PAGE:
Erdogan in NATO climbdown over Kurds

Syrian Kurdish members of the People's Protection Units (YPG) in 2018. Turkey considers the group terrorists. (AFP/File photo)
Updated 05 December 2019

Erdogan in NATO climbdown over Kurds

  • Erdogan withdrew his demand that the alliance designate Kurdish YPG fighters in Syria terrorists
  • Turkish president had threatened to veto NATO’s defense plan for the Baltics and Poland unless

ANKARA: NATO leaders forced Turkish President Recep Tayyip Erdogan into a humiliating climbdown on Wednesday over his demand that the alliance designate Kurdish YPG fighters in Syria terrorists.
Erdogan had earlier been accused of political blackmail after he threatened to veto NATO’s defense plan for the Baltics and Poland unless he got his way on the YPG.
But at the conclusion of the alliance’s 70th anniversary summit in London on Wednesday, NATO Secretary-General Jens Stoltenberg said Turkey had agreed to approve the plan.
Whether to designate the YPG “a threat” or “a terror group” had not even been discussed at the leaders’ meeting, and disagreements over the issue should not undermine the gains made in the global fight against terrorism, Stoltenberg said. “Despite differences, the allies keep uniting around their core mission, which is protecting each other.”
Many in Turkey wondered what Erdogan had obtained in return for withdrawing his veto, but Lithuanian President Gitanas Nauseda denied any quid pro quo, and welcomed the plan as “a huge achievement for the whole region.”
Burak Bilgehan Ozpek, a political scientist from TOBB University in Ankara, told Arab News: “Removing the blockage is a good decision, but just before the summit Erdogan seemed to be trying to use the NATO forum to solve Turkey’s own foreign policy challenges, which was totally wrong.”
If such tactics ever influenced NATO’s decision-making processes, the alliance could no longer be considered purely a military defense project, instead becoming a mechanism for political wrangling between member countries, Ozpek said.
In the summit’s final declaration, NATO said: “Terrorism in all its forms and manifestations remains a persistent threat to us all. State and non-state actors challenge the rules-based international order.”
That will interest Turkish decision-makers, said Karol Wasilewski, an analyst at the Polish Institute of International Affairs in Warsaw. The aim of Erdogan’s veto gambit was “probably to break Turkey’s isolation over the Syrian issue,” he told Arab News.
“If Turkey … gets at least an assurance that the allies will tone down their criticism of the Syrian operation, or maybe even consider minor financial support for the safe zone, Turkey could argue that the bargain paid off,” he said.

US honors head of France’s Arab World Institute

Updated 28 January 2020

US honors head of France’s Arab World Institute

  • Dr Jack Lang was recognized for promoting the Arab region and cross-cultural understanding
  • First recipient of the Global Cultural Leadership Award from the National Council on US-Arab Relations

WASHINGTON: Dr. Jack Lang, president of the Institut du Monde Arabe (Arab World Institute) in Paris, on Monday received the inaugural Global Cultural Leadership Award from the National Council on US-Arab Relations.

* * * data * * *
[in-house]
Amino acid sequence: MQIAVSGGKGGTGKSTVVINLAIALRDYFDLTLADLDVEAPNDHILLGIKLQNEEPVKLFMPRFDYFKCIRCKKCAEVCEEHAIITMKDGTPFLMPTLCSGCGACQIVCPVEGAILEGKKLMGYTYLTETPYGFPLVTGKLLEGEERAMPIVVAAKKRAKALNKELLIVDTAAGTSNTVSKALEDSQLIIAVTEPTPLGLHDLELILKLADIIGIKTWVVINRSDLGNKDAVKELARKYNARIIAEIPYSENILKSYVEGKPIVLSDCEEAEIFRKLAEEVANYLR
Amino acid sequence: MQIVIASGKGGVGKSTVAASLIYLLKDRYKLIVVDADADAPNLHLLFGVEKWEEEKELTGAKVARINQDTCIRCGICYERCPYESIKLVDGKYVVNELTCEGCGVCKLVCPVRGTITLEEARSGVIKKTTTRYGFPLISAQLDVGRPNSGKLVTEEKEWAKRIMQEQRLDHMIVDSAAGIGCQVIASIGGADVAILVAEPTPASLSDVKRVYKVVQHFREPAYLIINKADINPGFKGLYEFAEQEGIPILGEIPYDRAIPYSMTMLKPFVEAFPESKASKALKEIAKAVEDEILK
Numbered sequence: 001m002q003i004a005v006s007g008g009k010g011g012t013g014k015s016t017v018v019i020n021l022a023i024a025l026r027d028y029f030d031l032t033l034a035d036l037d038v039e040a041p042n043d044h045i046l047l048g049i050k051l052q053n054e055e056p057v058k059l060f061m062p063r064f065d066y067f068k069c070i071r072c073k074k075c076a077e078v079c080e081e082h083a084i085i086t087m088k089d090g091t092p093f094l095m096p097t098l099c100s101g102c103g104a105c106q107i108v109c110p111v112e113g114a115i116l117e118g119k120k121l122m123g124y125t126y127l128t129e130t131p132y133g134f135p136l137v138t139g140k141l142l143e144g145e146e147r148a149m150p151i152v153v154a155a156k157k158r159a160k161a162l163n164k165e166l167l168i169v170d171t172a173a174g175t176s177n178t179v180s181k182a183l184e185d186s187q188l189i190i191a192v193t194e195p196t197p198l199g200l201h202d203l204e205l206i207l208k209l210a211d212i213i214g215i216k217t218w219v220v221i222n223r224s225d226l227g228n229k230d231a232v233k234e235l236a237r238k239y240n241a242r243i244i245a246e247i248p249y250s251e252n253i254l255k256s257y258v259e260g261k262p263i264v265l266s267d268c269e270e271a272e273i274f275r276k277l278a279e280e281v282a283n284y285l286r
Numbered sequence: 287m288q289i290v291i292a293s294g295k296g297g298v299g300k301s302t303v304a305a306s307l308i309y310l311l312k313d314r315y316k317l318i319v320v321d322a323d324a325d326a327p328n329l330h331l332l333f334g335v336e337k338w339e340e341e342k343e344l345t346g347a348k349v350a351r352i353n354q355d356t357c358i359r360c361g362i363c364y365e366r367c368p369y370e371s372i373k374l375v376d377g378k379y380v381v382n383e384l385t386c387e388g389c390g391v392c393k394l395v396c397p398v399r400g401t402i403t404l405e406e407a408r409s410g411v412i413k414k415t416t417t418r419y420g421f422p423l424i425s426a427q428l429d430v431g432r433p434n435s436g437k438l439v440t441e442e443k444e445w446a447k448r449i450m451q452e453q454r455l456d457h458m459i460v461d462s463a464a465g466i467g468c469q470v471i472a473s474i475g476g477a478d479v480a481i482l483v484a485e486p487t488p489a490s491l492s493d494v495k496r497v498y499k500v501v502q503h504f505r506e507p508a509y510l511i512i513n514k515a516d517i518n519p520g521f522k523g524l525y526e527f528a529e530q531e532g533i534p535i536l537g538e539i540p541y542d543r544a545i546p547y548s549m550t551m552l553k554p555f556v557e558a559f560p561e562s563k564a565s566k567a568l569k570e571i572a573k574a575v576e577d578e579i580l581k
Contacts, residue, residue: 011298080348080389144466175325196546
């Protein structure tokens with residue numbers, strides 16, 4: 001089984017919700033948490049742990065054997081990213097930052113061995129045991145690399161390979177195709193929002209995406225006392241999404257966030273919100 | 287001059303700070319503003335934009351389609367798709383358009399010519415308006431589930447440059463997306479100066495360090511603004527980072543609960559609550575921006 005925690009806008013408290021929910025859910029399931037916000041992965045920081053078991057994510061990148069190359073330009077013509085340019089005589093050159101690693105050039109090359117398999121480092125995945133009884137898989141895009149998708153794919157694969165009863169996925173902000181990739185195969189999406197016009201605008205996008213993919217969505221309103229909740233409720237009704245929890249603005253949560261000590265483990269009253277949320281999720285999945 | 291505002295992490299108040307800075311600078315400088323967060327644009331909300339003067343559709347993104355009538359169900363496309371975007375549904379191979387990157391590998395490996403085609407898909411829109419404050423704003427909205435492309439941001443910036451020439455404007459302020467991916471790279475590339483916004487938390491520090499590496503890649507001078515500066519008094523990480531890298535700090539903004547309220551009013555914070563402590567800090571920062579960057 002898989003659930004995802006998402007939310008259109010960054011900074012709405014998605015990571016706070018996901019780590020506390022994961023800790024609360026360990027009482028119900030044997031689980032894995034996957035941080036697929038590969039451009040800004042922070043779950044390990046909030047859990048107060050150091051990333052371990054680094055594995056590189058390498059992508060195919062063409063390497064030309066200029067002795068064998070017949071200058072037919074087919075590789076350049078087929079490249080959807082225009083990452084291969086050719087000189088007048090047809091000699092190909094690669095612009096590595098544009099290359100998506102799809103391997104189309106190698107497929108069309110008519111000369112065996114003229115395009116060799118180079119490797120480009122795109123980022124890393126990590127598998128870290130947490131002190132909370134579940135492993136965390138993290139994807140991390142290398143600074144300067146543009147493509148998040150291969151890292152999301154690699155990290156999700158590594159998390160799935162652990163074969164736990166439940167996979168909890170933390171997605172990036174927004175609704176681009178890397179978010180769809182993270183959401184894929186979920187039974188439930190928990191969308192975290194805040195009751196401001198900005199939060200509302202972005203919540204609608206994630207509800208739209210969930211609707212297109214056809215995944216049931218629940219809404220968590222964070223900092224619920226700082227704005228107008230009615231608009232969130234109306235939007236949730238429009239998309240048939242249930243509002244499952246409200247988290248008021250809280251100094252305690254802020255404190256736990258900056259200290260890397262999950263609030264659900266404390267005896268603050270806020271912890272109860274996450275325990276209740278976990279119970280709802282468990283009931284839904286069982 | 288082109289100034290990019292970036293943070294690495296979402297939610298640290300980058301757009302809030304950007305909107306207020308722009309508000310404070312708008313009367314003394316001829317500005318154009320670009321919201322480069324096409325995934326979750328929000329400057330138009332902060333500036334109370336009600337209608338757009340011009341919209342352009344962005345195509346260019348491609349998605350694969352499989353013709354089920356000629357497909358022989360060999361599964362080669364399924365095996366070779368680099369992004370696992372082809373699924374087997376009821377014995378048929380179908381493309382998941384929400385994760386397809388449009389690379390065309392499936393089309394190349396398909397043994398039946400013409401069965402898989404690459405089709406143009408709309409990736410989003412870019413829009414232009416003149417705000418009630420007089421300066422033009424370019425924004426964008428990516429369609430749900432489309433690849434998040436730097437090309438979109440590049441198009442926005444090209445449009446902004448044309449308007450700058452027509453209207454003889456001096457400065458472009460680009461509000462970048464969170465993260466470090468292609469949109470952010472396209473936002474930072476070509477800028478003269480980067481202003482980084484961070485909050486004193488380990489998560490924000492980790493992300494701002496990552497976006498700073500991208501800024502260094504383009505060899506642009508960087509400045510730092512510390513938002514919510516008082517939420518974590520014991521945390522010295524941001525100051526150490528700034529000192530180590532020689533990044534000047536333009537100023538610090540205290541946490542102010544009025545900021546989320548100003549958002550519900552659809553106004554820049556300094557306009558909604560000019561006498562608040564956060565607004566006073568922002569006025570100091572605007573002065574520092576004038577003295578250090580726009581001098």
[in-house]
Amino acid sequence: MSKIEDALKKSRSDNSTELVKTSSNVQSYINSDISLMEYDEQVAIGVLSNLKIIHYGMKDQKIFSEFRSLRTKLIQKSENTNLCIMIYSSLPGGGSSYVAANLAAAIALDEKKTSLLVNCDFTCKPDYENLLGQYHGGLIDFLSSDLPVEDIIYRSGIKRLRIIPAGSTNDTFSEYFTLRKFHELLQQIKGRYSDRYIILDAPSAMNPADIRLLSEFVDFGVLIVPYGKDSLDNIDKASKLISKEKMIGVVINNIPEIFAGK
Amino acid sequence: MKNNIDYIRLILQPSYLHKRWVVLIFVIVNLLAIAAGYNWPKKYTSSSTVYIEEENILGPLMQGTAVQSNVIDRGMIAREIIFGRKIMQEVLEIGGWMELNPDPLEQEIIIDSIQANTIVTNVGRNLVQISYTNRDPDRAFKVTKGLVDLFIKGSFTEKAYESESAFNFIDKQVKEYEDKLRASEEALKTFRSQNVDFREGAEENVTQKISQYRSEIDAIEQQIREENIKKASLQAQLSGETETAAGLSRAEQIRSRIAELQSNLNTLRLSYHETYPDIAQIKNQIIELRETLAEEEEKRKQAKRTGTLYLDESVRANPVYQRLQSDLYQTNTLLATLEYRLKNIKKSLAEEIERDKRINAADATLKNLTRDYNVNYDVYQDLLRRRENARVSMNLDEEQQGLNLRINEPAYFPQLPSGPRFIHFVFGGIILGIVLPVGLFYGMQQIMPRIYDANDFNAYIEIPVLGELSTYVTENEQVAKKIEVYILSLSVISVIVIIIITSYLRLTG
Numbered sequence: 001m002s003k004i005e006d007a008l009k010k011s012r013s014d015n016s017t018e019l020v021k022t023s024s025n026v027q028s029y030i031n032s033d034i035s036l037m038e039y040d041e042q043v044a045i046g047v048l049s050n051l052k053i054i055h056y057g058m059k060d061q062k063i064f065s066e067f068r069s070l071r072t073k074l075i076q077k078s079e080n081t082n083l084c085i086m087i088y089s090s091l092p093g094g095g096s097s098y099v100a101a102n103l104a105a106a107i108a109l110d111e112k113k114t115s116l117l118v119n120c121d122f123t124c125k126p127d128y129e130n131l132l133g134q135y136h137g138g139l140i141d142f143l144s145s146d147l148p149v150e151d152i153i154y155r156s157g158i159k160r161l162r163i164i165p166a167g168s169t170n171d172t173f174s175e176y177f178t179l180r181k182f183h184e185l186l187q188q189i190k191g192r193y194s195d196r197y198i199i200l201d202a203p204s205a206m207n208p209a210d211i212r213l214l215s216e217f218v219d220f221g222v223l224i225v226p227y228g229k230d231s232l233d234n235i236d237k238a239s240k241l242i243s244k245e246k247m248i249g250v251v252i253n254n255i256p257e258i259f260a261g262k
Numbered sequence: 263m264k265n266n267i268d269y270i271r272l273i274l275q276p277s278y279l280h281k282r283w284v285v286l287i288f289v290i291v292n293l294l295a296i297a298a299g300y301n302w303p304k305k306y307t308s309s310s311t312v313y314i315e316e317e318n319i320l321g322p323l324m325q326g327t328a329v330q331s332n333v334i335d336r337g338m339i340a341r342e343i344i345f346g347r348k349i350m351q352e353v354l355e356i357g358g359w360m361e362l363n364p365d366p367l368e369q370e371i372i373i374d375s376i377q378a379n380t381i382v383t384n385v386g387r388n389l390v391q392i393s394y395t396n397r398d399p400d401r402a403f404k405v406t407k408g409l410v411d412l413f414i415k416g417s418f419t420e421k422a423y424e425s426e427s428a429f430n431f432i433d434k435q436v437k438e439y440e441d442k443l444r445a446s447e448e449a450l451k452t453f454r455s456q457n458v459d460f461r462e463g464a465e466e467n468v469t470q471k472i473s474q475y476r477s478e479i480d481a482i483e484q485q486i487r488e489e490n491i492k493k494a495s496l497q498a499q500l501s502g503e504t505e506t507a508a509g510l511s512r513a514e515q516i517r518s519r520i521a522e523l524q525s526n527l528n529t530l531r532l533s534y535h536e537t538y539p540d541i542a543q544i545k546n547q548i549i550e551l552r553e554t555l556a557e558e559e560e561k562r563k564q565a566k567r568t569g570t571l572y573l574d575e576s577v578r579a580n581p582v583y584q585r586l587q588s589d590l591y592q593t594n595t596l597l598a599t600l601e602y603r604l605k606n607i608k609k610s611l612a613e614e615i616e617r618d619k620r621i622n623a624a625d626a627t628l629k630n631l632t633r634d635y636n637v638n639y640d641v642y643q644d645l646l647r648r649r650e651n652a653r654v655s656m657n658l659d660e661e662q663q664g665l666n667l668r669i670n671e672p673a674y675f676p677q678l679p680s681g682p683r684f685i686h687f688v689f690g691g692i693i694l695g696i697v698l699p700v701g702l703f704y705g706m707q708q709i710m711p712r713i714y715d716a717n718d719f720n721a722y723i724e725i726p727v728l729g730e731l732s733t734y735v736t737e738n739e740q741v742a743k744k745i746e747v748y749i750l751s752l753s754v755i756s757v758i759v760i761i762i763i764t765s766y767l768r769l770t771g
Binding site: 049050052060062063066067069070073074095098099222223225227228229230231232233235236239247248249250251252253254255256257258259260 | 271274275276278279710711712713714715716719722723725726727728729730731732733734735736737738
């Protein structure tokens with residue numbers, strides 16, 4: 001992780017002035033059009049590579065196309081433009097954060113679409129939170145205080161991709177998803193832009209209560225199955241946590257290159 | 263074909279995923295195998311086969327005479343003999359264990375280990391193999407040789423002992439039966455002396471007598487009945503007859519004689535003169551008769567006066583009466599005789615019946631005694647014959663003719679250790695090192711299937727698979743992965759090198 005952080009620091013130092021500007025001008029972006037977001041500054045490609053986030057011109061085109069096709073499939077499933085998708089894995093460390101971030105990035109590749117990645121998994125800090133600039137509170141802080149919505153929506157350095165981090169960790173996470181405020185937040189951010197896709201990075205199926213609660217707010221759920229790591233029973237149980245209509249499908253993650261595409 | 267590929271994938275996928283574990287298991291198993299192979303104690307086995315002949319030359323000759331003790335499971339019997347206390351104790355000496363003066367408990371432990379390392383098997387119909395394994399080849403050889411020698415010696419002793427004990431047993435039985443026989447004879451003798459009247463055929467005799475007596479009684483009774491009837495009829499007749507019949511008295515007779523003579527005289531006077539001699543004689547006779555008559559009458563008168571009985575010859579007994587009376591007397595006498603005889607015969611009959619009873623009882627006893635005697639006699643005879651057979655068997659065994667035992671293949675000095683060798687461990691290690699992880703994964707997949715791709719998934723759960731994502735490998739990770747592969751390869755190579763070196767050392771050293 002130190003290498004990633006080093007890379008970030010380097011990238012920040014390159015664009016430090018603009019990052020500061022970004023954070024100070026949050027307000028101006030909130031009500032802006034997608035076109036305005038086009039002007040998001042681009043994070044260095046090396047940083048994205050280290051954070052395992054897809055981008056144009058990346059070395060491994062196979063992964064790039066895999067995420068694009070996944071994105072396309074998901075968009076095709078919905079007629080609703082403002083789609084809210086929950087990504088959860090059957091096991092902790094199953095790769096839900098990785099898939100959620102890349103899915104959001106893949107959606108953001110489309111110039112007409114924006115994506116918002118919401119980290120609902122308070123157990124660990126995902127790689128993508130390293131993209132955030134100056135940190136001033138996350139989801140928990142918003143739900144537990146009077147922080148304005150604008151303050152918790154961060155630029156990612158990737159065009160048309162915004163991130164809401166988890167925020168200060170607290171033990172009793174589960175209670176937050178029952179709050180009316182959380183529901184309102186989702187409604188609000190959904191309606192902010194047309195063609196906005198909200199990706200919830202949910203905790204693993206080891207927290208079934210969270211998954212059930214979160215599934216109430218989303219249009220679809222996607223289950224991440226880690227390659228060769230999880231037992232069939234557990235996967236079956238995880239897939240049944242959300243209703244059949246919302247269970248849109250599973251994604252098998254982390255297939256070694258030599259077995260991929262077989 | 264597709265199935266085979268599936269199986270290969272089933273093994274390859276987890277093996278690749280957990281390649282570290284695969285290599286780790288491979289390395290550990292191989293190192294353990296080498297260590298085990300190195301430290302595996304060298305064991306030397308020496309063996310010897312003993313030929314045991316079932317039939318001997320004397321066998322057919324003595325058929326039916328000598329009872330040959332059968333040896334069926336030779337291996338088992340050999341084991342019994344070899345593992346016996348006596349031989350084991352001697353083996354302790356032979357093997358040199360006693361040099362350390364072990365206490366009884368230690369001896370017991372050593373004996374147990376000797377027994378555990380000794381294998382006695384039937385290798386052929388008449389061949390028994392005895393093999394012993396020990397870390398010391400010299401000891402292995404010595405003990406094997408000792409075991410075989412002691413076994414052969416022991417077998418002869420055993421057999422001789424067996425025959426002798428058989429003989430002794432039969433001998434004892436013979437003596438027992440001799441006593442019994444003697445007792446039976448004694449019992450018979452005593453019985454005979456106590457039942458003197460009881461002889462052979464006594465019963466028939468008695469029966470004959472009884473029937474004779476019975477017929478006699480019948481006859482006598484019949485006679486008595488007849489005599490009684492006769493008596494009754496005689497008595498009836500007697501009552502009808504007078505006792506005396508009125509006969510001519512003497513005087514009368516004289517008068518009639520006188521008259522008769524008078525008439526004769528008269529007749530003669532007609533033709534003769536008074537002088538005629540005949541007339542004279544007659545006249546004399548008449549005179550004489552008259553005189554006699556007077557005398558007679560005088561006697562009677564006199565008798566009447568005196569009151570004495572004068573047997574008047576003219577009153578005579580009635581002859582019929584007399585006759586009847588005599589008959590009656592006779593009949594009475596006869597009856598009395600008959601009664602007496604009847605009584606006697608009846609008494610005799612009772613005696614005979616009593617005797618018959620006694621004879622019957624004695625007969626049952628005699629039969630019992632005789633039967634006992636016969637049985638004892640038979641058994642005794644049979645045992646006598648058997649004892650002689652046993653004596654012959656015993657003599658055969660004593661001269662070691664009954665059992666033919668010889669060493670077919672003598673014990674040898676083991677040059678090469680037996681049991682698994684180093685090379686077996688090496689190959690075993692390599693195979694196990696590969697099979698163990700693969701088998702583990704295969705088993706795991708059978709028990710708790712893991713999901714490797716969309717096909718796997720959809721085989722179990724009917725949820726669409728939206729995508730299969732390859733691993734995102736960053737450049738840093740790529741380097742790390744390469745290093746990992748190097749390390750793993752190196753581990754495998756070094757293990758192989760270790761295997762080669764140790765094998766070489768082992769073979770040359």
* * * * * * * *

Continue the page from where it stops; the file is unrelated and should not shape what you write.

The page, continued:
The honor was recognition for his achievements in expanding knowledge of the Arab region and promoting cross-cultural understanding. It was presented to him at the French ambassador’s residence in Washington by the council’s Founding President and CEO Dr. John Duke Anthony, board Chairman John Pratt, International Advisory Board member Leo A. Daly III, and Executive Vice President Patrick Mancino.

Lang and a delegation from the institute were in Washington for the opening of the IMA exhibition “Age Old Cities: A Virtual Journey from Palmyra to Mosul” at the Smithsonian’s National Museum of Asian Art.

“What Monsieur Lang and the IMA have achieved in highlighting the rich history and culture of the Arab region is considerable,” said Anthony during the award presentation ceremony. “They have done much to showcase Arab contributions to knowledge and understanding that have benefited the world’s civilizations and humankind in general.

“Under Monsieur Lang’s leadership, the IMA has effectively pushed into new territories in storytelling and technology that help further illuminate the innumerable, extraordinary and myriad impacts that Arabs have had on humanity’s endless quest for modernization and development.”

Lang was appointed IMA president by French President Francois Hollande in 2013. He was previously a National Assembly member for more than two decades, including stints as France’s minister of culture and minister of education. He was also mayor of the city of Blois from 1989 to 2000, and served as a special adviser to UN Secretary General Ban Ki-Moon.

The IMA, which is located on the banks of the Seine in Paris, opened in 1987 as a center dedicated to the promotion of Arab civilization, knowledge and art. It contains unique collections and hosts special touring exhibitions. These include “AlUla: Wonder of Arabia,” showcasing Saudi Arabia’s Nabataean archaeological treasure, the dates for which were recently extended after it proved to be incredibly popular.

The National Council on US-Arab Relations was founded in 1983 as a nonprofit, nongovernmental, educational organization. It is dedicated to raising awareness and appreciation of the extraordinary benefits the United States has derived from its special relationships with countries in the Arab region, and vice versa. Anthony and the council are working on plans for an Arab Cultural Institute, similar to the IMA, in Washington.